The Inseparable Bond Between Schooler and Wales

Coach James Schooler and Anthony Wales.
Courtesy of Fern Creek Basketball Program.

By Randy Whetstone Jr.

Anthony Wales was in middle school when he first met Fern Creek head coach James Schooler. Schooler would train him and his teammates as sixth graders, planting the seeds for them to blossom one day on the high school team.

During Wales’s middle school days, the connection grew between the two, and it was the winsome and magnetic personality of Schooler that began to have a major impact on Wales and his decision regarding high school.

“I trusted Coach Schooler based on what he had planned for us and what he wanted us to do, which was to win the regional and go to state,” says Wales. “I felt as though it would be the best fit for me to go to Fern Creek. I like the style that Coach Schooler wants us to play, so I thought it was a good fit for me.”

Schooler’s ability to motivate coupled with his indiscriminate attitude towards players based on talent made him “a great coach to have and to play for” in Wales’s eyes. But there was one incentive that Wales couldn’t turn down. Schooler must have tapped into his inner Godfather and made him an offer that he could not refuse as a middle school student – the keys to the team.

“By him having me come to Fern Creek, the relationship kept growing between us. Ever since he said he’d give me the keys to this team, we kept getting tighter and tighter,” Wales adds.

Now as a senior, he has used the keys to ignite the Tigers, and has driven this program to unprecedented levels of success during his high school tenure.

“It’s your responsibility to coach the entire team, but anytime you have a player with his abilities and the opportunity to play at the next level, you also have to coach players individually to help them reach their individual goals and abilities,” says Schooler. “I think it has been a great challenge and a test for me to be able to help develop him as an individual but also as a leader of a team.”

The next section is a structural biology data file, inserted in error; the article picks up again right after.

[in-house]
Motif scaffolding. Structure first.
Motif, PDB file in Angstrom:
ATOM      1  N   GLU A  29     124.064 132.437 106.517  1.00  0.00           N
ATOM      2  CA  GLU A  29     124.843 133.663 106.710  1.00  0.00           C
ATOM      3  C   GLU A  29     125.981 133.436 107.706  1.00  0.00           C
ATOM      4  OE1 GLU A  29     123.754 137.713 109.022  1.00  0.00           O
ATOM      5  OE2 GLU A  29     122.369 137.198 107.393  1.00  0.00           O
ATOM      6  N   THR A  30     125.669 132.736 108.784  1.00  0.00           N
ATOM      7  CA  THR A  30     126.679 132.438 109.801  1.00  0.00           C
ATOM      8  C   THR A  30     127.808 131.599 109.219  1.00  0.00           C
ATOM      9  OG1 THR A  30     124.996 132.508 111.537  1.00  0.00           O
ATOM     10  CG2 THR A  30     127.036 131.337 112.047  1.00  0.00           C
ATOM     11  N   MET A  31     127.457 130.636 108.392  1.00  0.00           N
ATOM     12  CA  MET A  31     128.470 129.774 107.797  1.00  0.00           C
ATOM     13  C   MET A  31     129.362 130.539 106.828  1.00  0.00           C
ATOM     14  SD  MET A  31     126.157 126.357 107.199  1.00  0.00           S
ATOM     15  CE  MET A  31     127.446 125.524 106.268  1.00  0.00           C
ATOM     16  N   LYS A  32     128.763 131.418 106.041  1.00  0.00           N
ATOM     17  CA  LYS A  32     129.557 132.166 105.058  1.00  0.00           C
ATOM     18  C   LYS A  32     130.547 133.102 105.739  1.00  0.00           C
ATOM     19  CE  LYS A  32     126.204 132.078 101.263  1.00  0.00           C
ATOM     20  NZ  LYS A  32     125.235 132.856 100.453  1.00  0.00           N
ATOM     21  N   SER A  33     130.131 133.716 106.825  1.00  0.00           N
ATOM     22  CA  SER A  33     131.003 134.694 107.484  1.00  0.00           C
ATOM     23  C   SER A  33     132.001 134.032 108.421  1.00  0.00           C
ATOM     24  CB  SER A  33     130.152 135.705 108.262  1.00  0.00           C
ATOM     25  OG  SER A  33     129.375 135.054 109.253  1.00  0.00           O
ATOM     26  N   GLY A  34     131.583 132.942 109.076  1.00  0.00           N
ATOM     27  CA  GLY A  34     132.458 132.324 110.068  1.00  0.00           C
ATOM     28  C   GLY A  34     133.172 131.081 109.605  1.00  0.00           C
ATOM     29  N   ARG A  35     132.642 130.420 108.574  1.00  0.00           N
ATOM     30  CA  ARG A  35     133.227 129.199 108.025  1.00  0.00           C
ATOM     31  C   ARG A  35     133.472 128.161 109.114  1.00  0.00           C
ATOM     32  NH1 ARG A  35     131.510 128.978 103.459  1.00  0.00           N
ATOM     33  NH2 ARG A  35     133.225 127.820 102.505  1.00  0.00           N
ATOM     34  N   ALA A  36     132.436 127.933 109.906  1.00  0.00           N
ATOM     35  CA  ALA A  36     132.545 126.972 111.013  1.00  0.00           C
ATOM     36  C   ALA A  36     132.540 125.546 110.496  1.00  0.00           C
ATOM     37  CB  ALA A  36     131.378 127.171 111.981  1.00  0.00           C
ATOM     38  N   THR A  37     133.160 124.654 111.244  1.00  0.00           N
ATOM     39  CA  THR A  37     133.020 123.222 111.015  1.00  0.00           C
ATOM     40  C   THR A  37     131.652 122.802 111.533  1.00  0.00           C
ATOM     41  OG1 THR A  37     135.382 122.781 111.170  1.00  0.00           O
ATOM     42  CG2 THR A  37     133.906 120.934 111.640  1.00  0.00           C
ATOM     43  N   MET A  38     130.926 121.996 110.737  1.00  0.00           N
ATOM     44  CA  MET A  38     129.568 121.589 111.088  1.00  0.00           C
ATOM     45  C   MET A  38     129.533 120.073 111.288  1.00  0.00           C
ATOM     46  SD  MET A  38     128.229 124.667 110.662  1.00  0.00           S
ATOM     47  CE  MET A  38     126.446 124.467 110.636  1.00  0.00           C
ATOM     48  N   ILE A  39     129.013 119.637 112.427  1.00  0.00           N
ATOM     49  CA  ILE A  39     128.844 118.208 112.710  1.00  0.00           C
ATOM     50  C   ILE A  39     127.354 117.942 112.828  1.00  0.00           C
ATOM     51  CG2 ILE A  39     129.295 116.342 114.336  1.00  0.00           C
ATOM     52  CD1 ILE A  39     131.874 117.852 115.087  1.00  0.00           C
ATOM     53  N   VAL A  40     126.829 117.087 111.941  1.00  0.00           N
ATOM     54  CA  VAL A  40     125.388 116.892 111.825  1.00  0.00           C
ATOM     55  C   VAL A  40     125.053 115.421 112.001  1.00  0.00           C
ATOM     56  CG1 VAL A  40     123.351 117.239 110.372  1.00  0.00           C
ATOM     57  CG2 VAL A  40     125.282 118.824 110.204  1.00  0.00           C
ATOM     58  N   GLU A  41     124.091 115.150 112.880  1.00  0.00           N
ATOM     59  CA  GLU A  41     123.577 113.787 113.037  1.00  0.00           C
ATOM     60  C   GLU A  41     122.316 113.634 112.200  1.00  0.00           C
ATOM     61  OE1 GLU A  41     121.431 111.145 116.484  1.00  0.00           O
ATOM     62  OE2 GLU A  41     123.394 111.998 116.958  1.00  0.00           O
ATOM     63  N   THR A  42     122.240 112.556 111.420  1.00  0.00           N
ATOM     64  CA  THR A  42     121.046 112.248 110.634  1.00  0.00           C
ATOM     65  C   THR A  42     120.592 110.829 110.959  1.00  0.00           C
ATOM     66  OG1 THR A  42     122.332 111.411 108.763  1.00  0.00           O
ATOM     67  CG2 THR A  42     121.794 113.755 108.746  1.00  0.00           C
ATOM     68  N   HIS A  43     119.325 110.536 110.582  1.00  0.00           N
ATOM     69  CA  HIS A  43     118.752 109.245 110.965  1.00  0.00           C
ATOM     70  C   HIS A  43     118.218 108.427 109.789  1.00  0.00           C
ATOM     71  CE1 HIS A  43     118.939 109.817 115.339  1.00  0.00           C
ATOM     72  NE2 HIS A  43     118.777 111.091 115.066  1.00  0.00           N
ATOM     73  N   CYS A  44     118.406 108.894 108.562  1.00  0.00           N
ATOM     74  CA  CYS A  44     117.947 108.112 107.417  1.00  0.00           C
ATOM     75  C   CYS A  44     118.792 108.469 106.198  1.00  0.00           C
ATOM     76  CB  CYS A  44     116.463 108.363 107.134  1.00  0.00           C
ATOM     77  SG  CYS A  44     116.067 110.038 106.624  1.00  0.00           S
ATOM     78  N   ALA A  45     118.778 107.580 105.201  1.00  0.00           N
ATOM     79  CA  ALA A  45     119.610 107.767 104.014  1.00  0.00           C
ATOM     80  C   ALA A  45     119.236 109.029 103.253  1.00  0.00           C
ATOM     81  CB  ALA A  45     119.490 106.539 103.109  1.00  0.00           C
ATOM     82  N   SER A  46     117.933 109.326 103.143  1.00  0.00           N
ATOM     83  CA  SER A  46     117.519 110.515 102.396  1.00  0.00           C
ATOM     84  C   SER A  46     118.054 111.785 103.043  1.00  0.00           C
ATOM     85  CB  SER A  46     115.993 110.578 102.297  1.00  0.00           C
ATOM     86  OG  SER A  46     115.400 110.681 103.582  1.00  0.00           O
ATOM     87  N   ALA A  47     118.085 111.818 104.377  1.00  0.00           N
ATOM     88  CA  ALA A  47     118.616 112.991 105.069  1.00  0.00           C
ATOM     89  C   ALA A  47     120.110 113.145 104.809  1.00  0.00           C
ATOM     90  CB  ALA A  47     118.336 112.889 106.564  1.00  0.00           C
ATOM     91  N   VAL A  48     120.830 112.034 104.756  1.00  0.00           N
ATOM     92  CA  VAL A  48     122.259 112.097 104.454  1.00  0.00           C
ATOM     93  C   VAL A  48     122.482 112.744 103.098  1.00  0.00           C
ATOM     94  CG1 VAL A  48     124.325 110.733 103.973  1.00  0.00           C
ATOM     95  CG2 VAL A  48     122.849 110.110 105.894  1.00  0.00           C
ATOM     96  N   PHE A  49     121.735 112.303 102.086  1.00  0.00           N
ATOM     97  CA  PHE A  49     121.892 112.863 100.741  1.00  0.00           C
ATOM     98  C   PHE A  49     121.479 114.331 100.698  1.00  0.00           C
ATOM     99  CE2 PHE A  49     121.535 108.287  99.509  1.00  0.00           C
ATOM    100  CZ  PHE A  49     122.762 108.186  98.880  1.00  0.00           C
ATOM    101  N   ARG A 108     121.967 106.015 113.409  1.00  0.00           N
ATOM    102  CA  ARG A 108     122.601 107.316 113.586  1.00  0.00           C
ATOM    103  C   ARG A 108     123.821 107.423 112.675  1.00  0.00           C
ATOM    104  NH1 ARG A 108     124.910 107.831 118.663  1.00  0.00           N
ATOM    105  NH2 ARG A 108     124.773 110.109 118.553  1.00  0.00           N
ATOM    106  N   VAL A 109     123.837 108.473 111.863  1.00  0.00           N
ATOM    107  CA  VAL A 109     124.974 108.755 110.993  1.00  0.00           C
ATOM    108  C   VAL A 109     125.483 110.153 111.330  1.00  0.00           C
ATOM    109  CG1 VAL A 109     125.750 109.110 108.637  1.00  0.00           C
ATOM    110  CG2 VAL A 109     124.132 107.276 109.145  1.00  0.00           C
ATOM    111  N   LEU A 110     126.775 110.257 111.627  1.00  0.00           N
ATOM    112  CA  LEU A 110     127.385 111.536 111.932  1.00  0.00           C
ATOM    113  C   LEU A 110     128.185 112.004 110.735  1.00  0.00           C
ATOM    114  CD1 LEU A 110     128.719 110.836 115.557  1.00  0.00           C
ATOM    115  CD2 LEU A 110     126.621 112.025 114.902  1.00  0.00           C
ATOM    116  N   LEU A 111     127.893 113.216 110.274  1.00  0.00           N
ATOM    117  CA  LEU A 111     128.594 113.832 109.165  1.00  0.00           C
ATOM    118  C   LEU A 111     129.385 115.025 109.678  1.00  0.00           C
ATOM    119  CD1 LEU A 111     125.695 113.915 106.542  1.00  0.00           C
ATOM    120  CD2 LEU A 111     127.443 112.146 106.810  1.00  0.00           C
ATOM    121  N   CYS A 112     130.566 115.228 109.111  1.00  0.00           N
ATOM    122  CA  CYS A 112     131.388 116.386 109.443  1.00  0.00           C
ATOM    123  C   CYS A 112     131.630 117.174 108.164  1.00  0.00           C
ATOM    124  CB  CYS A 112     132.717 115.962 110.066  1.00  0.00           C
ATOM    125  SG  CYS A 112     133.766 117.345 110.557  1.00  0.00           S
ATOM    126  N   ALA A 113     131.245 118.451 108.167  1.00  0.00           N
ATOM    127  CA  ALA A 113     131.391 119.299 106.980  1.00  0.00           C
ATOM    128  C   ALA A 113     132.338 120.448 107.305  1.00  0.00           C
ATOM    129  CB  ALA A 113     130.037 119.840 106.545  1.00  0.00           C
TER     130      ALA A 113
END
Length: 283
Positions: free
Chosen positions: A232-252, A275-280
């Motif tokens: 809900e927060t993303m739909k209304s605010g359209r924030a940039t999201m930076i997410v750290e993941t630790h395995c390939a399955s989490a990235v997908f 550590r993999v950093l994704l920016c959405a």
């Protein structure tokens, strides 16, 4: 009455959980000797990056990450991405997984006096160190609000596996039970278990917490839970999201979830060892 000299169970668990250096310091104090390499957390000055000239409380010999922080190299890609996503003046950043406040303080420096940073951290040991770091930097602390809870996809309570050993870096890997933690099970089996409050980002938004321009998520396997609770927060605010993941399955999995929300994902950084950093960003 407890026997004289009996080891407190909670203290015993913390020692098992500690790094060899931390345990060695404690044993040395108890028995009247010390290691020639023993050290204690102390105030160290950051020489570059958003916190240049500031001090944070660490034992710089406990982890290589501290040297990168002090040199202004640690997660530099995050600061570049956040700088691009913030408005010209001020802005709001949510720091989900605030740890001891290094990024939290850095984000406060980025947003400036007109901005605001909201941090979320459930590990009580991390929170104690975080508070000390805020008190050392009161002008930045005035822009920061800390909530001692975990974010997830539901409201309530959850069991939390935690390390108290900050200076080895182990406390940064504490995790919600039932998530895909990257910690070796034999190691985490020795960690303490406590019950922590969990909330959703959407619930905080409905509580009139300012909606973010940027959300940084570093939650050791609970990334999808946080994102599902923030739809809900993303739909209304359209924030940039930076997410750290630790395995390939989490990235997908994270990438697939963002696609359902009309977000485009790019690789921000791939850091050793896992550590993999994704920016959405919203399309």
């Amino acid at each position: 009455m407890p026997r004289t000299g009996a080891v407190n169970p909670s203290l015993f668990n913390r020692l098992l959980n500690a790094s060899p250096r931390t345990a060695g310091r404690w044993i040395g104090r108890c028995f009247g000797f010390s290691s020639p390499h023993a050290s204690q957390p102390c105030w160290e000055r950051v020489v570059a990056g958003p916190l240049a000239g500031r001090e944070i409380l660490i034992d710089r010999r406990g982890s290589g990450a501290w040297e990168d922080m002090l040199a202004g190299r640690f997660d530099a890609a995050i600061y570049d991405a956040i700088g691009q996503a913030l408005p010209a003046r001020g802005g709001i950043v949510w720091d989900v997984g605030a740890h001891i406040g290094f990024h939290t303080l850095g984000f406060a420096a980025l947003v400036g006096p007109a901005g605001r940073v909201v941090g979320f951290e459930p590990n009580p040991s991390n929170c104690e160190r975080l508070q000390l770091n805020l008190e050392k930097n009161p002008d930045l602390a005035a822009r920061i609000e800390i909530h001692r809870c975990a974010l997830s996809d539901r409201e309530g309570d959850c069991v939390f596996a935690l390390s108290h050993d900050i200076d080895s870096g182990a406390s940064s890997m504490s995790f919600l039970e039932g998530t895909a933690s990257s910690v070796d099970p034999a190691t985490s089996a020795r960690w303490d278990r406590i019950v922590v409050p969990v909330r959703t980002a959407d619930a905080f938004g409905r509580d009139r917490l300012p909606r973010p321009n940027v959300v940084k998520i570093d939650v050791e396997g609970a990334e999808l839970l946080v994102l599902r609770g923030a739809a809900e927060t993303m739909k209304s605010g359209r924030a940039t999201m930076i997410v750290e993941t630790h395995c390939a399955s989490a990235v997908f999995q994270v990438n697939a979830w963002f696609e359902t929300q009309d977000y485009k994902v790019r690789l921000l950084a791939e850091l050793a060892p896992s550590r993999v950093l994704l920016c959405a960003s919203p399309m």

The Samford commit has emerged as one of the top players in the state of Kentucky, but he owes much credit to the relationship that has been cultivated with Coach Schooler over the years and the impact he has had both on and off the court.

Anthony Wales. Courtesy of Action Sports Photography.

On the hardwood, Schooler has challenged Wales in controlling his tempo as a point guard. As the coach on the court, it took growing pains for Wales to understand and embrace his role, but now that he is a veteran looking back in hindsight, he understands what it means to control the tempo.

Off the court, he has sought to control the tempos of life by implementing the life lessons Coach Schooler has taught him.

“He’s taught me how to be a man and how to be more professional,” says Wales. “‘The first impression is everything’ is something he preaches a lot, so I strive to do that every day, and to recognize that basketball is a business and it isn’t anything personal; it is just a business.”

When thinking about what impresses Schooler the most about his senior guard, he says, “His maturity and his understanding that it is a process in order to have a productive senior year and an opportunity to be able to play at the next level. I have been extremely impressed with his resolve off the court, to handle his academics, to put in extra work, but still be able to be a normal kid as well.”

The coach-player relationship in basketball has always been sacred in the athletic realm. The lessons players take away from coaches and the mark players leave that enable coaches to look within themselves is all established through the bouncing of a ball. But even when the ball stops bouncing for Wales, Schooler says it will be the beginning of a new chapter between the two as the years progress.

“Much like a lot of the organizations that I run, it is bigger than basketball,” Schooler adds. “We are family off the court, regardless if he was playing or not, or if he was going to college to be a regular student, we would still have a strong relationship. What I try to teach my players is the business of basketball, so even when the ball stops bouncing for Anthony, I am sure there will be things we do in the community together. That is one of the great things about our organization: It goes beyond the ball bouncing.” VT